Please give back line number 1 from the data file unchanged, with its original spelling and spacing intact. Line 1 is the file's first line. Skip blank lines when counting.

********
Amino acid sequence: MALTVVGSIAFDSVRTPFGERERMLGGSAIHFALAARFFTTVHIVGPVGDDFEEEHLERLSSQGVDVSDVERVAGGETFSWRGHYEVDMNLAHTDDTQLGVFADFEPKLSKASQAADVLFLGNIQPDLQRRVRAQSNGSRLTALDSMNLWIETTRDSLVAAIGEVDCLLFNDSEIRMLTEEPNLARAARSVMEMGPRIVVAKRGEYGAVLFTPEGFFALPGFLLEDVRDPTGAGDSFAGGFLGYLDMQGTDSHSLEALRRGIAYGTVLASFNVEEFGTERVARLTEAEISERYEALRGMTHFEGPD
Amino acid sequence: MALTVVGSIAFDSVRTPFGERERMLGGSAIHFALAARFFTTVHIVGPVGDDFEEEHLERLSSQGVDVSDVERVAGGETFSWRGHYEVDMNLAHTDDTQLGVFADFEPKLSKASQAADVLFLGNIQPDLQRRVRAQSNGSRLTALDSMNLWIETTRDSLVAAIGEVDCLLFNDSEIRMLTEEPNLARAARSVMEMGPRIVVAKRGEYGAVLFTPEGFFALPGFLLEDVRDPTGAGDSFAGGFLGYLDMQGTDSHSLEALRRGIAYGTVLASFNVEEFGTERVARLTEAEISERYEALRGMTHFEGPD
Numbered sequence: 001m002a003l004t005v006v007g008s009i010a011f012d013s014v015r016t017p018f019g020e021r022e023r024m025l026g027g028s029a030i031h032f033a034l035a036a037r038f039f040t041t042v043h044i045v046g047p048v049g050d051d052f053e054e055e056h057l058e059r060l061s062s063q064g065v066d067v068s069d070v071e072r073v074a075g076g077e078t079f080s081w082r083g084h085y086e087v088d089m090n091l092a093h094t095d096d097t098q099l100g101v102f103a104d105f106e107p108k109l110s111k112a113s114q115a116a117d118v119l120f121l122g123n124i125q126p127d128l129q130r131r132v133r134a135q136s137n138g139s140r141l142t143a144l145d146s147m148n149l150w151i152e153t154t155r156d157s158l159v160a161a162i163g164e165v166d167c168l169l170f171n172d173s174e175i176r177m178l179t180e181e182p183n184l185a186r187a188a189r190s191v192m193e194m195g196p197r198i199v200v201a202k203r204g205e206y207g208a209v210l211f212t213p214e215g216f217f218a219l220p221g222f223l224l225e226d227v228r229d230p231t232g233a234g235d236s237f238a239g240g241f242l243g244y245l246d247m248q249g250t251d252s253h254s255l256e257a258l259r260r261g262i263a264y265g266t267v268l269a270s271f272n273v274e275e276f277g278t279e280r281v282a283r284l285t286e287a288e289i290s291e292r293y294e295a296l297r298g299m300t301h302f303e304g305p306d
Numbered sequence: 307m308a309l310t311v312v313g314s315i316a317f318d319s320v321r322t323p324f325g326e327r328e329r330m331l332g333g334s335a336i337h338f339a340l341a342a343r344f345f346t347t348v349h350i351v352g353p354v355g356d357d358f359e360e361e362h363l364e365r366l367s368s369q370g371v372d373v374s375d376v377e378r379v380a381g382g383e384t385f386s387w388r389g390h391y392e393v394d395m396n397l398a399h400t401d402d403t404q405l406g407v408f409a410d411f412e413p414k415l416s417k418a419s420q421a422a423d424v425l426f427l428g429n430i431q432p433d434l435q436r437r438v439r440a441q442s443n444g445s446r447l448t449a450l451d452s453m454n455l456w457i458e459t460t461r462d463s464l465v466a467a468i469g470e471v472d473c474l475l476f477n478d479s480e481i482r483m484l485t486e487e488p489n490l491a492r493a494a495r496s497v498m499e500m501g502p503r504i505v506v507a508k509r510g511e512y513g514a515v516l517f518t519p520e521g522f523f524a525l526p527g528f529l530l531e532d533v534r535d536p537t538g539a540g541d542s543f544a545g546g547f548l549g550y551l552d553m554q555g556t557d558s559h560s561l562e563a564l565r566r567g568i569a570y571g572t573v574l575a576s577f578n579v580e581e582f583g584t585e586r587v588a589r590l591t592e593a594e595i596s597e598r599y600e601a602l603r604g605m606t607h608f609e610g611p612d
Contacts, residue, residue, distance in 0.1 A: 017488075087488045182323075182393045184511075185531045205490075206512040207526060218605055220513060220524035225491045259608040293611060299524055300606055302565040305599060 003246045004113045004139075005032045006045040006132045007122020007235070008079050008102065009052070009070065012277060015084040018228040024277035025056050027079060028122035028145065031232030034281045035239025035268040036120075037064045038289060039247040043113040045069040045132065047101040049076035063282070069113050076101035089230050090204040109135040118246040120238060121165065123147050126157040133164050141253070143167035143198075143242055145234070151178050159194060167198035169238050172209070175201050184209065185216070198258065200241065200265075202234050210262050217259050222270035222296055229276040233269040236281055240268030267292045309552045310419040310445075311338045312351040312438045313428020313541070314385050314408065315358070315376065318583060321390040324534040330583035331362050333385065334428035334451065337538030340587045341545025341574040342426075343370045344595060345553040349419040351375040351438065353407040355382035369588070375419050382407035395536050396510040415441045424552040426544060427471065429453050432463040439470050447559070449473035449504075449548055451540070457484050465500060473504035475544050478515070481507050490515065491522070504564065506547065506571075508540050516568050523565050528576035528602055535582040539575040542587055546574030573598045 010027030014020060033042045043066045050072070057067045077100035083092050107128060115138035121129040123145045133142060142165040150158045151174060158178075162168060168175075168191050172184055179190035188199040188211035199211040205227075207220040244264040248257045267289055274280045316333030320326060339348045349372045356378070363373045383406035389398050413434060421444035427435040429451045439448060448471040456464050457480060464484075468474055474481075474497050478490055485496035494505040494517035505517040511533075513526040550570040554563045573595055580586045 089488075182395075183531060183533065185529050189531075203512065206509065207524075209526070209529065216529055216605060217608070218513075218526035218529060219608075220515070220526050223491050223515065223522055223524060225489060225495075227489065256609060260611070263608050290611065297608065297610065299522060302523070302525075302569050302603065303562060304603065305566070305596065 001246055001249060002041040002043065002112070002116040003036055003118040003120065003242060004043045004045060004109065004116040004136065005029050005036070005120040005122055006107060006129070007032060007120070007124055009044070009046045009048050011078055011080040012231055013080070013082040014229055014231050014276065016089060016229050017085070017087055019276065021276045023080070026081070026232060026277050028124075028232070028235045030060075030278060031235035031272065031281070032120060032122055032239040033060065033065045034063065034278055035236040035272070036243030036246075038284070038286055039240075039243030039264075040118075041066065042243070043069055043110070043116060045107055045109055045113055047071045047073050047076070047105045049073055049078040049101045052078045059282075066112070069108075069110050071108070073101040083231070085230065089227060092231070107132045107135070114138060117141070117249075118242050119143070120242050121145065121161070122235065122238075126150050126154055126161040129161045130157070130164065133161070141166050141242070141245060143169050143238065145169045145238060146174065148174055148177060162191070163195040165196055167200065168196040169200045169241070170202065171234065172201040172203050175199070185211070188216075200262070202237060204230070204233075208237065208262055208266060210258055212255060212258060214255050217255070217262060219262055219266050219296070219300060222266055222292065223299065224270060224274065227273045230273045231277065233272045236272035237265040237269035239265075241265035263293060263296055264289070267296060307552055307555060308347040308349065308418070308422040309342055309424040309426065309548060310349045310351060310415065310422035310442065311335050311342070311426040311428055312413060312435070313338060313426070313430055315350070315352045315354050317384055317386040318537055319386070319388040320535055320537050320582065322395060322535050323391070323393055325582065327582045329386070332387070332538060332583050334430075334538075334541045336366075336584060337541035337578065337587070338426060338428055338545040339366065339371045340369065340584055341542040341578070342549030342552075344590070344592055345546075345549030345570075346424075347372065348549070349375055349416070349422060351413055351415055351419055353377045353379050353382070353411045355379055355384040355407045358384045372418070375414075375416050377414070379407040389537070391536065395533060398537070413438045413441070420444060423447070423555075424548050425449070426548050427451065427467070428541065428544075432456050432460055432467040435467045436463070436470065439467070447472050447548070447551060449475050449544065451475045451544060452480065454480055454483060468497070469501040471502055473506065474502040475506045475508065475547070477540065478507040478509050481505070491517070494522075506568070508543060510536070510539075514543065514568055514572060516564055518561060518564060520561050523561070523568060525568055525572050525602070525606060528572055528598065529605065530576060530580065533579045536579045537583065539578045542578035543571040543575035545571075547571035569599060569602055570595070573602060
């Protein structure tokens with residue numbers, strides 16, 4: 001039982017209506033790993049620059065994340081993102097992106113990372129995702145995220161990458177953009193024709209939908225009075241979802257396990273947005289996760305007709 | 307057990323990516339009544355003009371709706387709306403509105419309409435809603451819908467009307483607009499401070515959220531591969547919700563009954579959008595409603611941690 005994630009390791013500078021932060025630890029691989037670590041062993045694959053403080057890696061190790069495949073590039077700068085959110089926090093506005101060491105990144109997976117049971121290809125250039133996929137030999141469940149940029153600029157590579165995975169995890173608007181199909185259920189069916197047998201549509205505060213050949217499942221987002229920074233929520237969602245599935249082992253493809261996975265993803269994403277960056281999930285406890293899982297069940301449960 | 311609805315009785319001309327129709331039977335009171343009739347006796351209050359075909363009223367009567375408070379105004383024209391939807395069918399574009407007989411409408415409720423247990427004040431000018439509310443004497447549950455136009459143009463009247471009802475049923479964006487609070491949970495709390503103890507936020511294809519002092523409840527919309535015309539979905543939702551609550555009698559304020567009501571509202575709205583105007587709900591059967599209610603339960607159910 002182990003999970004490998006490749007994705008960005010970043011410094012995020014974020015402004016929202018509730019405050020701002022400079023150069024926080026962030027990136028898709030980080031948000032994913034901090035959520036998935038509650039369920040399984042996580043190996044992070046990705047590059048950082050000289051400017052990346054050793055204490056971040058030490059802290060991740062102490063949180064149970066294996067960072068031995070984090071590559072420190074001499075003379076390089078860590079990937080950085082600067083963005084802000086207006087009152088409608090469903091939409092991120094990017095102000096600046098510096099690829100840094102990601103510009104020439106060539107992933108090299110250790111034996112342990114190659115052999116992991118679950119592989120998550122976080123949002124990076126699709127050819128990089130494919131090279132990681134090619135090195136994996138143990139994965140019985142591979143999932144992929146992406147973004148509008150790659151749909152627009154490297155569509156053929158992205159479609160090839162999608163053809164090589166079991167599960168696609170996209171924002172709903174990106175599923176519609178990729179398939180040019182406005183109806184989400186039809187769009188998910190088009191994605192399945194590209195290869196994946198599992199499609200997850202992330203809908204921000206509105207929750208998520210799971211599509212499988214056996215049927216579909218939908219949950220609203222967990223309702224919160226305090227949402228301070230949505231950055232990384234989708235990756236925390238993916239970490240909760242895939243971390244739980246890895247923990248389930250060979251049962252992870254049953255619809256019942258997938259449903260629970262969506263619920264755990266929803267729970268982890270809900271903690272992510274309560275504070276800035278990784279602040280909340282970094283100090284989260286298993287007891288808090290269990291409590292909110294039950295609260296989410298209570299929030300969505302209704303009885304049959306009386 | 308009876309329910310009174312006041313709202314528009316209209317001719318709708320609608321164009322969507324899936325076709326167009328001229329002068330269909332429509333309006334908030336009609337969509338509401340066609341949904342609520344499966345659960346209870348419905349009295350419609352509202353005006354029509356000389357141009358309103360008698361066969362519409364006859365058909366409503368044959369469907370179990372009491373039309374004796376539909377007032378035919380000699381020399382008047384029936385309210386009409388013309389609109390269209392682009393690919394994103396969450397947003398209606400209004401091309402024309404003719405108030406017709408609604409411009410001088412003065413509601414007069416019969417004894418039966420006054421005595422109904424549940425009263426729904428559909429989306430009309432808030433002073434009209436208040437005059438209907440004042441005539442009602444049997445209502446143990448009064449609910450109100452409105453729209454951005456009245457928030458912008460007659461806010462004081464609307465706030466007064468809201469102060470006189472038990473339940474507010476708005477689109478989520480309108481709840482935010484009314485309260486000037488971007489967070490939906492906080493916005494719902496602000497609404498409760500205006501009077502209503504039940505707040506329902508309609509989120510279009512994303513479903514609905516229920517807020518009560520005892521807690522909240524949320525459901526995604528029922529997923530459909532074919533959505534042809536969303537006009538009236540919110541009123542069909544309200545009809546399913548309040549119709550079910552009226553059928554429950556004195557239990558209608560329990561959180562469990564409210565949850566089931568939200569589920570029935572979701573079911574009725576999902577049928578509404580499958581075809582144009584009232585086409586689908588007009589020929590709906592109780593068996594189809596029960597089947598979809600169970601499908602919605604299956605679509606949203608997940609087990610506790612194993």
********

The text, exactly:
Amino acid sequence: MALTVVGSIAFDSVRTPFGERERMLGGSAIHFALAARFFTTVHIVGPVGDDFEEEHLERLSSQGVDVSDVERVAGGETFSWRGHYEVDMNLAHTDDTQLGVFADFEPKLSKASQAADVLFLGNIQPDLQRRVRAQSNGSRLTALDSMNLWIETTRDSLVAAIGEVDCLLFNDSEIRMLTEEPNLARAARSVMEMGPRIVVAKRGEYGAVLFTPEGFFALPGFLLEDVRDPTGAGDSFAGGFLGYLDMQGTDSHSLEALRRGIAYGTVLASFNVEEFGTERVARLTEAEISERYEALRGMTHFEGPD